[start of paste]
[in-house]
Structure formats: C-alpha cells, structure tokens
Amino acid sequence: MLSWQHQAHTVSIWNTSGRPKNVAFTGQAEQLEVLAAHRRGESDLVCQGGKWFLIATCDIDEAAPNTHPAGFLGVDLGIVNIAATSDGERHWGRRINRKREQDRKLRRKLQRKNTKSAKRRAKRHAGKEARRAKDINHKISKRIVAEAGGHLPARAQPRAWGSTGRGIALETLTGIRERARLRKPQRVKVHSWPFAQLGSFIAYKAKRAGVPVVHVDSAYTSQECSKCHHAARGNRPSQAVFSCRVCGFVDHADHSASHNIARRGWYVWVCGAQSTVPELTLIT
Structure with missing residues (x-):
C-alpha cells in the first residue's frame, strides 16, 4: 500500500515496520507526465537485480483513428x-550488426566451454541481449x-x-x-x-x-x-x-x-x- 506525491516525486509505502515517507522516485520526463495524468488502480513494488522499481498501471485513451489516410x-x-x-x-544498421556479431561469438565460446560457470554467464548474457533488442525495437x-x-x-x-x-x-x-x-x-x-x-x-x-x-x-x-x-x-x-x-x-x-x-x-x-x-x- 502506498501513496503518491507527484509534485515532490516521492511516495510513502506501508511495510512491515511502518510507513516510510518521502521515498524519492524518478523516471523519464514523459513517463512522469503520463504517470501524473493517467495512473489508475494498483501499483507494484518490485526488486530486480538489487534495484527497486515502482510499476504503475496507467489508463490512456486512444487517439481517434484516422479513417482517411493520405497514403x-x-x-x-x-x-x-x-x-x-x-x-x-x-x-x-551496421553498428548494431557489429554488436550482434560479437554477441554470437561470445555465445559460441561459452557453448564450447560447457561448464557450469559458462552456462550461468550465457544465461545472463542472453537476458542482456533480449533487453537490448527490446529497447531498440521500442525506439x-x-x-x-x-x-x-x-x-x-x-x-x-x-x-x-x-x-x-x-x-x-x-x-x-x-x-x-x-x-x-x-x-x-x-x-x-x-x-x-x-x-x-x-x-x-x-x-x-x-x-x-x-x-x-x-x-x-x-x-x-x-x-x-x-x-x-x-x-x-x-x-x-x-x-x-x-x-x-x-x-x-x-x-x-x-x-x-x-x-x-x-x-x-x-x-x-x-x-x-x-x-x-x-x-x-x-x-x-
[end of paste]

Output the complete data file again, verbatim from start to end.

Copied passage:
[in-house]
Structure formats: C-alpha cells, structure tokens
Amino acid sequence: MLSWQHQAHTVSIWNTSGRPKNVAFTGQAEQLEVLAAHRRGESDLVCQGGKWFLIATCDIDEAAPNTHPAGFLGVDLGIVNIAATSDGERHWGRRINRKREQDRKLRRKLQRKNTKSAKRRAKRHAGKEARRAKDINHKISKRIVAEAGGHLPARAQPRAWGSTGRGIALETLTGIRERARLRKPQRVKVHSWPFAQLGSFIAYKAKRAGVPVVHVDSAYTSQECSKCHHAARGNRPSQAVFSCRVCGFVDHADHSASHNIARRGWYVWVCGAQSTVPELTLIT
Structure with missing residues (x-):
C-alpha cells in the first residue's frame, strides 16, 4: 500500500515496520507526465537485480483513428x-550488426566451454541481449x-x-x-x-x-x-x-x-x- 506525491516525486509505502515517507522516485520526463495524468488502480513494488522499481498501471485513451489516410x-x-x-x-544498421556479431561469438565460446560457470554467464548474457533488442525495437x-x-x-x-x-x-x-x-x-x-x-x-x-x-x-x-x-x-x-x-x-x-x-x-x-x-x- 502506498501513496503518491507527484509534485515532490516521492511516495510513502506501508511495510512491515511502518510507513516510510518521502521515498524519492524518478523516471523519464514523459513517463512522469503520463504517470501524473493517467495512473489508475494498483501499483507494484518490485526488486530486480538489487534495484527497486515502482510499476504503475496507467489508463490512456486512444487517439481517434484516422479513417482517411493520405497514403x-x-x-x-x-x-x-x-x-x-x-x-x-x-x-x-551496421553498428548494431557489429554488436550482434560479437554477441554470437561470445555465445559460441561459452557453448564450447560447457561448464557450469559458462552456462550461468550465457544465461545472463542472453537476458542482456533480449533487453537490448527490446529497447531498440521500442525506439x-x-x-x-x-x-x-x-x-x-x-x-x-x-x-x-x-x-x-x-x-x-x-x-x-x-x-x-x-x-x-x-x-x-x-x-x-x-x-x-x-x-x-x-x-x-x-x-x-x-x-x-x-x-x-x-x-x-x-x-x-x-x-x-x-x-x-x-x-x-x-x-x-x-x-x-x-x-x-x-x-x-x-x-x-x-x-x-x-x-x-x-x-x-x-x-x-x-x-x-x-x-x-x-x-x-x-x-x-